The aim of asana is to release these knots. Asanas release mental tension by dealing with them on the physical level, acting somato- psychically, through the body to the mind. For example, emotional tension and suppression can tighten up and block the smooth functioning of the lungs, diaphragm and breathing process, contributing to debilitating illnesses in the form of respiratory disorders.  

Muscular knots can occur anywhere in the body.                                                                                        

The result of eliminating these knots, is the release of dormant energy: The body becomes full of vitality and strength, and the mind becomes light, creative, joyful and balanced.                                                                        Regular practice of asanas maintains the physical body in an optimum condition and promotes health even in an unhealthy body. Through asana practice, the dormant energy potential is released and experienced as increased confidence in all areas of life.

Yogasana and exercise

Yogasanas have often been thought of as a form of exercise. They are not exercises, but techniques which place the physical body in positions that cultivate awareness, relaxation, concentration and meditation. Part of this process is the development of good physical health by stretching, massaging, and stimulating the pranic channels and internal organs, so asana is complementary to exercise. Before the difference between the two can be understood, it is necessary to know that exercise imposes a beneficial stress on the body. Without it the muscles waste, the bones become weak, the capacity to absorb oxygen decreases, insulin insensitivity can occur and the ability to meet the physical demands of sudden activity is lost. There are several differences in the way asana and exercise affect body mechanisms. When yogasanas are performed, respiration and metabolic rates slow down, the consumption of oxygen and the body temperature drop. During exercise, however, the breath and metabolism speed up, oxygen consumption rises, and the body gets hot. Yoga postures tend to arrest catabolism whereas exercise promotes it. In addition, asanas are designed to have specific effects on the glands and internal organs and to alter electrochemical activity in the nervous system.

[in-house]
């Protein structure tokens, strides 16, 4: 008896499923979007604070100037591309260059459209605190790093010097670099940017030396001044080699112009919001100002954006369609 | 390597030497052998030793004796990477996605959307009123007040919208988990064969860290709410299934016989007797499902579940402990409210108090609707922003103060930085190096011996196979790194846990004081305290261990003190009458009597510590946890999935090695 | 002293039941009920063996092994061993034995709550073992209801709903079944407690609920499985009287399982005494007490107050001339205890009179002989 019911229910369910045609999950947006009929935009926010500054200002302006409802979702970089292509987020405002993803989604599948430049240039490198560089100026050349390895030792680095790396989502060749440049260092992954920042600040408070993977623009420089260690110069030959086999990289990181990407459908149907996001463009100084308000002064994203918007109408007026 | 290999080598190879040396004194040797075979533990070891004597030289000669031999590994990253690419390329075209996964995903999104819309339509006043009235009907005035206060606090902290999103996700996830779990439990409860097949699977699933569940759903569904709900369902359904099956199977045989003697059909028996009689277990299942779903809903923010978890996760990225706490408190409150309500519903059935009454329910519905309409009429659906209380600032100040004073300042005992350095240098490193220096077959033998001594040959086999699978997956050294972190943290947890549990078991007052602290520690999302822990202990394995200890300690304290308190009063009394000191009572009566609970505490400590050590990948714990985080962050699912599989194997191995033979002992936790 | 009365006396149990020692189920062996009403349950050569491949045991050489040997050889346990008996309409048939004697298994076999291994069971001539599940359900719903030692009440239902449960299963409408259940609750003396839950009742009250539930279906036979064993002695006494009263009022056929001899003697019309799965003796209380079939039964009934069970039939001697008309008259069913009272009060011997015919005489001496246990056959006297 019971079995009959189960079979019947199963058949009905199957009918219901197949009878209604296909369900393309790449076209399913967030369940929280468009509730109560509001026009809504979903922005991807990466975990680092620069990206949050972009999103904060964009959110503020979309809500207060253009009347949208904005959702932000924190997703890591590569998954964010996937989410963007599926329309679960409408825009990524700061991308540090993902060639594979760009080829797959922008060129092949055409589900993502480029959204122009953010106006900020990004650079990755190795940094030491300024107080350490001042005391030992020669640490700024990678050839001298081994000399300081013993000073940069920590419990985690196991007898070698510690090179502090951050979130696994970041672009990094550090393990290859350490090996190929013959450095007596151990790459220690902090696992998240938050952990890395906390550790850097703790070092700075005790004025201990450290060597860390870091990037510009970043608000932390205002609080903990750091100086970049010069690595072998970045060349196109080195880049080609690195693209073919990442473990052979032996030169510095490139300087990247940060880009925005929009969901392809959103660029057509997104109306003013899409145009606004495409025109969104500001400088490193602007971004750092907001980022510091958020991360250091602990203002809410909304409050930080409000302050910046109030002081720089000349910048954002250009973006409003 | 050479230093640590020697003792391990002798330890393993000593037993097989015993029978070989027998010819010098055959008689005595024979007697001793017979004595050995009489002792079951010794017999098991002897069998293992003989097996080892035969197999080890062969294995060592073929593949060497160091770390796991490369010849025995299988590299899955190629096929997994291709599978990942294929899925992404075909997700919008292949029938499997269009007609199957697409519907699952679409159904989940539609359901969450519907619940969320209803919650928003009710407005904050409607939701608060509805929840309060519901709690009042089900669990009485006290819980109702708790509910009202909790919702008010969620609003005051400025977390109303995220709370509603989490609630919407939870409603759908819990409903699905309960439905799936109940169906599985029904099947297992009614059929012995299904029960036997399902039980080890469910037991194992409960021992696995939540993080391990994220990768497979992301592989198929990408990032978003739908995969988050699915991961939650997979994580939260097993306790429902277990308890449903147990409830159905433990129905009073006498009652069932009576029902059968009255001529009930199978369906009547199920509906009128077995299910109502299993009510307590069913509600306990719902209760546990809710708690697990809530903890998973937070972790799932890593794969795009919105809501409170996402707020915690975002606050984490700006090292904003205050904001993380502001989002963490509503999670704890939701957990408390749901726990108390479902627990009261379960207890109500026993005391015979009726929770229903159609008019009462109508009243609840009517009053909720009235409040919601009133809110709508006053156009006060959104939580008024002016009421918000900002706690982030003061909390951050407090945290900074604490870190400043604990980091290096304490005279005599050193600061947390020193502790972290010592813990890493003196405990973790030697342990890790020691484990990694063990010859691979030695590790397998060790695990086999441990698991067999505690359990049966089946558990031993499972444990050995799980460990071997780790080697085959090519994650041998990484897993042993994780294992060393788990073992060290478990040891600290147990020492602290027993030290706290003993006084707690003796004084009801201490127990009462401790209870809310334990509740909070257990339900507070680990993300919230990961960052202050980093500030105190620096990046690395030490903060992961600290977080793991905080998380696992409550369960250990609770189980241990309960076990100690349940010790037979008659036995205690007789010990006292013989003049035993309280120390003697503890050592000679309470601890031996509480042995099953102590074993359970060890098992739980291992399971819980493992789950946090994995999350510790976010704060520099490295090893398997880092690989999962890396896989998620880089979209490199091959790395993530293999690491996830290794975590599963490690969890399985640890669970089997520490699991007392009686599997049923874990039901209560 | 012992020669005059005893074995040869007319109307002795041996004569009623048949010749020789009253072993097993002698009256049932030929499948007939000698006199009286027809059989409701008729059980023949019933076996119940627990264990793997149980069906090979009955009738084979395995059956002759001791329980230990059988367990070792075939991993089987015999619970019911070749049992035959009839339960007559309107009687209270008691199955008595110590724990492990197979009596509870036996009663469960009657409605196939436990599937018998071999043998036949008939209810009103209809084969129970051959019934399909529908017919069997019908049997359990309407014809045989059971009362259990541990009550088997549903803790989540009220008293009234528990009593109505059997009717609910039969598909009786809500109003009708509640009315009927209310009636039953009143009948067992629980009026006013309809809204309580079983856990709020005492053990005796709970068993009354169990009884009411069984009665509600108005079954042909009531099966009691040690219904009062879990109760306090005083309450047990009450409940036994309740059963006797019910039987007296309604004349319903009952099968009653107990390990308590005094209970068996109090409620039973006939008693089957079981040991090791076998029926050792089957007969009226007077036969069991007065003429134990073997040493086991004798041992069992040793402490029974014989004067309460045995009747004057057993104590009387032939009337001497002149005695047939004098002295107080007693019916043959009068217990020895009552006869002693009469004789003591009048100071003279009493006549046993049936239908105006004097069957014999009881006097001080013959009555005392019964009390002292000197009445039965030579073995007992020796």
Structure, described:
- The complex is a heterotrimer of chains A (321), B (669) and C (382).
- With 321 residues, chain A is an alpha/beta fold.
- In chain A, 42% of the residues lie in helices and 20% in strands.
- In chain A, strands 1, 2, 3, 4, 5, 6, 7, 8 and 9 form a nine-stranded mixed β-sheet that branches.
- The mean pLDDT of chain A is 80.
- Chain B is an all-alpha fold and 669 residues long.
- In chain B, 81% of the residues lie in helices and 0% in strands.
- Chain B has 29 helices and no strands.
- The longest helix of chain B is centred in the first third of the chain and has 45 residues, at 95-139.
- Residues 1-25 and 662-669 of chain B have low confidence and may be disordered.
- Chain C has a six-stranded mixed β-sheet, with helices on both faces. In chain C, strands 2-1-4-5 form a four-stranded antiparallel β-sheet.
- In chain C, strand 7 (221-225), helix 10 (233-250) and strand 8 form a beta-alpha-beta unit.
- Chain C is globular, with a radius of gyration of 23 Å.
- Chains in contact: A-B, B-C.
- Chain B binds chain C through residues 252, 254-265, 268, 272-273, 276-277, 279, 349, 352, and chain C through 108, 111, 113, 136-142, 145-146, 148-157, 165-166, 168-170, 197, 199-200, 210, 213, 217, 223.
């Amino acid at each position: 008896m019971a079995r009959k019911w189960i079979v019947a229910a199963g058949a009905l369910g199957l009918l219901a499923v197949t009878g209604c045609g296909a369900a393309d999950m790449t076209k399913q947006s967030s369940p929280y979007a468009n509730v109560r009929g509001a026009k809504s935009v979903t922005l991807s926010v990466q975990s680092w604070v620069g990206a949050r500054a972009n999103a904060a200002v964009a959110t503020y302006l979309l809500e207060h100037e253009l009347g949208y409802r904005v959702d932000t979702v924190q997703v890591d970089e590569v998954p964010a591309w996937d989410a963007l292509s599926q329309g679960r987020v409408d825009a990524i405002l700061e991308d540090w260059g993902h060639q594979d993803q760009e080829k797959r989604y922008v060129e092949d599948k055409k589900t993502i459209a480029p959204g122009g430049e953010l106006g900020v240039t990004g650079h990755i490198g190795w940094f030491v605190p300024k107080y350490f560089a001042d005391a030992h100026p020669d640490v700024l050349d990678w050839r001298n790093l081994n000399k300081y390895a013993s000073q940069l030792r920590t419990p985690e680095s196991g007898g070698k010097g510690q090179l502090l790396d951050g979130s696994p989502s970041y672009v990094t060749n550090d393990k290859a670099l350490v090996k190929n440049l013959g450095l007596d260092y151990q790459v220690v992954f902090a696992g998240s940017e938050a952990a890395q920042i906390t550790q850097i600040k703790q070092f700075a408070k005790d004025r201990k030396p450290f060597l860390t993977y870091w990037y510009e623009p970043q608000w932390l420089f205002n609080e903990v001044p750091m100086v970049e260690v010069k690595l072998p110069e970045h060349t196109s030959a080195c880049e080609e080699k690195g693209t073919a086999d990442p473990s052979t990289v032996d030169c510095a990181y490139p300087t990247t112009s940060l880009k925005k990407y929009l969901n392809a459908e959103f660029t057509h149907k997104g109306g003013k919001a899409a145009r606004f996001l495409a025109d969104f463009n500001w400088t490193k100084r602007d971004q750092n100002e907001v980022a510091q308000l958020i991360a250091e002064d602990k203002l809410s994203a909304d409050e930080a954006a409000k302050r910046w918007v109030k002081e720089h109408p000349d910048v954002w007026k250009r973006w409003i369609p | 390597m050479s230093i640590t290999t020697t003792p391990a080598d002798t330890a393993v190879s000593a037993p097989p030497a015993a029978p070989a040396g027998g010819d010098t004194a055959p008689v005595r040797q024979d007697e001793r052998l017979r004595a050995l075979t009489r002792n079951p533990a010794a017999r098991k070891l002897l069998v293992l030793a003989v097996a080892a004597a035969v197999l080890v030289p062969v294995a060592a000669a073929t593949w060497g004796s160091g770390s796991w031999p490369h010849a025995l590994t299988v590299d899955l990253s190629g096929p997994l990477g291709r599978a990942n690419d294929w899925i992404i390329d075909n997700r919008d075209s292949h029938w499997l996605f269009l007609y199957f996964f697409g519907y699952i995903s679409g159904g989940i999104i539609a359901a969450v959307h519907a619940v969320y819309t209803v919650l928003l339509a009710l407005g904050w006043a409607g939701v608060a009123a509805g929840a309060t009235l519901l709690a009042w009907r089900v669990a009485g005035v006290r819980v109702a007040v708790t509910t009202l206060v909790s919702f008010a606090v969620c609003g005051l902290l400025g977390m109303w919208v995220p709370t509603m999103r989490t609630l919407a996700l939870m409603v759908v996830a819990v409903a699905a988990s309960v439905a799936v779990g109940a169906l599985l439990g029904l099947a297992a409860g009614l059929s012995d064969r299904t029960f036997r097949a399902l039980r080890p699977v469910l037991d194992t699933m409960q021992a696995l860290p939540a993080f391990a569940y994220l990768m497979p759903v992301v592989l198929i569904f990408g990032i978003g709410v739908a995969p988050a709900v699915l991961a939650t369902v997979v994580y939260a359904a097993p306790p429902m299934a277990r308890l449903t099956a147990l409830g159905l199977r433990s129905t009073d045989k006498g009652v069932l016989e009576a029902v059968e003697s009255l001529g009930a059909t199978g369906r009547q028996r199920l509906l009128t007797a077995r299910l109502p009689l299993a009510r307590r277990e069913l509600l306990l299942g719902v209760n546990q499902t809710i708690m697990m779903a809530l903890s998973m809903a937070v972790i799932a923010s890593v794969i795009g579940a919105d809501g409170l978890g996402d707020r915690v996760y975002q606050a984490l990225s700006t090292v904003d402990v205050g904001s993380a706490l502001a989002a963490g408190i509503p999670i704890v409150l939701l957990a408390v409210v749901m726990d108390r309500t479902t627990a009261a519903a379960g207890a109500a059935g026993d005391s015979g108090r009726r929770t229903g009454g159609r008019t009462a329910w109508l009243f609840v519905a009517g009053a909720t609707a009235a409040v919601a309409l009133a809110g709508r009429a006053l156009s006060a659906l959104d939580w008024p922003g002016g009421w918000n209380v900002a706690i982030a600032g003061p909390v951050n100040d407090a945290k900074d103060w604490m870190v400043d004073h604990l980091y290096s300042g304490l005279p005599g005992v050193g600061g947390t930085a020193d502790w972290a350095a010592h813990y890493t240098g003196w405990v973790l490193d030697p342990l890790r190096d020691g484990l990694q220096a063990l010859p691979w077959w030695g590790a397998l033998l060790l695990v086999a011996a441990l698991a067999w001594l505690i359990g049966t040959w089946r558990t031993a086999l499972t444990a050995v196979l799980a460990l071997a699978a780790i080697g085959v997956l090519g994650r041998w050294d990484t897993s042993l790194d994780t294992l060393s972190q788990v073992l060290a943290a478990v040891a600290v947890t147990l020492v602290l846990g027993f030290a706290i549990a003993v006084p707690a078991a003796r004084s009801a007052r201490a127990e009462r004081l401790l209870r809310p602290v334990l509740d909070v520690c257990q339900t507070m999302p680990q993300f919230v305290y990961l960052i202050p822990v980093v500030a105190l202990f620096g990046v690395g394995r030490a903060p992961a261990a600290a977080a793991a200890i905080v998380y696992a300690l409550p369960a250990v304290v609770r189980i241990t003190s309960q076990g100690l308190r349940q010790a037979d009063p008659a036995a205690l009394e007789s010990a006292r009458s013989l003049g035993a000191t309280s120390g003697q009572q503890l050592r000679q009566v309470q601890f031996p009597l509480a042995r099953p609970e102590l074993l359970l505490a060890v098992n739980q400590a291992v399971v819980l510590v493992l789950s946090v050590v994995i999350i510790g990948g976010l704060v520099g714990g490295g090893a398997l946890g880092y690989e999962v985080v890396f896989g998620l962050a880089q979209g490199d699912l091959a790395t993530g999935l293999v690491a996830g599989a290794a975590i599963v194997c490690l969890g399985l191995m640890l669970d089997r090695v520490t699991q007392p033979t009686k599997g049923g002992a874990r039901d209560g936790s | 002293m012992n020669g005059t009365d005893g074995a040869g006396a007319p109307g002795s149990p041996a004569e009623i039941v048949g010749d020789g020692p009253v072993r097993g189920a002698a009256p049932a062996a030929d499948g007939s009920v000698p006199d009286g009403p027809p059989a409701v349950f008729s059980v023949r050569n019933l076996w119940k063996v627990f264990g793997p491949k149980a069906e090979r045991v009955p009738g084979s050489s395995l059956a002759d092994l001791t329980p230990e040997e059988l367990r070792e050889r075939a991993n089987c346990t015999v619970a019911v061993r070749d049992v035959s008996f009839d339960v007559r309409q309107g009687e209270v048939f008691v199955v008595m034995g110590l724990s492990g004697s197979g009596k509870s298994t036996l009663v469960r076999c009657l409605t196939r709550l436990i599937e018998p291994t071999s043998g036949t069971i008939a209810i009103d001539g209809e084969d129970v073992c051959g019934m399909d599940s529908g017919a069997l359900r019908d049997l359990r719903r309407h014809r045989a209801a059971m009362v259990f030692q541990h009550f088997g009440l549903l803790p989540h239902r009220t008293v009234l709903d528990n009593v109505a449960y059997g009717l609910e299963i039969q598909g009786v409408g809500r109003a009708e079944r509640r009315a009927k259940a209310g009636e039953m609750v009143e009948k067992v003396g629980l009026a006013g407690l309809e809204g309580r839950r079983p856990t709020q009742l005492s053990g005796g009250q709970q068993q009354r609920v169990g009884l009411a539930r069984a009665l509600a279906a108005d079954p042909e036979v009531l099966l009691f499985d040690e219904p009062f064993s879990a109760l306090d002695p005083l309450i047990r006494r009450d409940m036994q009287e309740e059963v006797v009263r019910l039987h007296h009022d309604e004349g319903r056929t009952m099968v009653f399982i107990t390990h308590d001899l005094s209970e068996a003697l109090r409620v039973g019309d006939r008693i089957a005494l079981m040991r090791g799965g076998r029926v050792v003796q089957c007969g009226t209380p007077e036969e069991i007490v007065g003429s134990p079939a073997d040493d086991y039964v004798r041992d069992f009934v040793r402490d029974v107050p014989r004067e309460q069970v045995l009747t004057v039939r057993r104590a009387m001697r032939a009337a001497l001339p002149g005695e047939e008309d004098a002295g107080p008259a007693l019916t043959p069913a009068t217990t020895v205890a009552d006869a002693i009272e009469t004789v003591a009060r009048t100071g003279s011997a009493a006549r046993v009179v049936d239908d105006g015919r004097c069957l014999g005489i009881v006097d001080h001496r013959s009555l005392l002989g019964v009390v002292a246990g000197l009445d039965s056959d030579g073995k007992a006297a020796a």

General notes for the practitioner

The following practice notes should be thoroughly understood before going any further. Although anybody can practise asanas, they become more efficacious and beneficial when performed in the proper manner after correct preparation.

Breathing: Always breathe through the nose unless specific instructions are given to the contrary. Coordinate the breath with the asana practice.

Awareness: This is as essential to the practice of asana as it is to all yoga practices. The purpose of asana practice is to influence, integrate and harmonize all the levels of being: physical, pranic, mental, emotional, psychic and spiritual. At first it may appear that asanas are merely concerned with the physical level because they deal with the movement of different parts of the body, but they have profound effects at every level of being if they are combined with awareness.                  

Awareness in this context may be understood as consciously noting sensations on the body, the physical movement the posture itself, breath control and synchronization, movement of prana, concentration on an area of the body or chakra and, most importantly, witnessing any thoughts or feelings that may arise during the practice. Implicit in the concept of awareness is the acceptance of any thought or feeling which comes uninvited to the mind. This awareness is essential in order to receive optimum benefits from the practices.

Right or left side: An example of the necessity for continual awareness is that most right- handed people will find it easier to commence an asana on the right side first, which is more developed due to habitual patterns of behaviour. It is recommended to start with the right side because of the colon function which works from the right side to the left side so it get supported.    

            

Relaxation: Shavasana (death-relaxation pose) may be performed at any point during asana practice, especially when feeling physically or mentally tired. It should be practised minimum 20 minutes after asana program.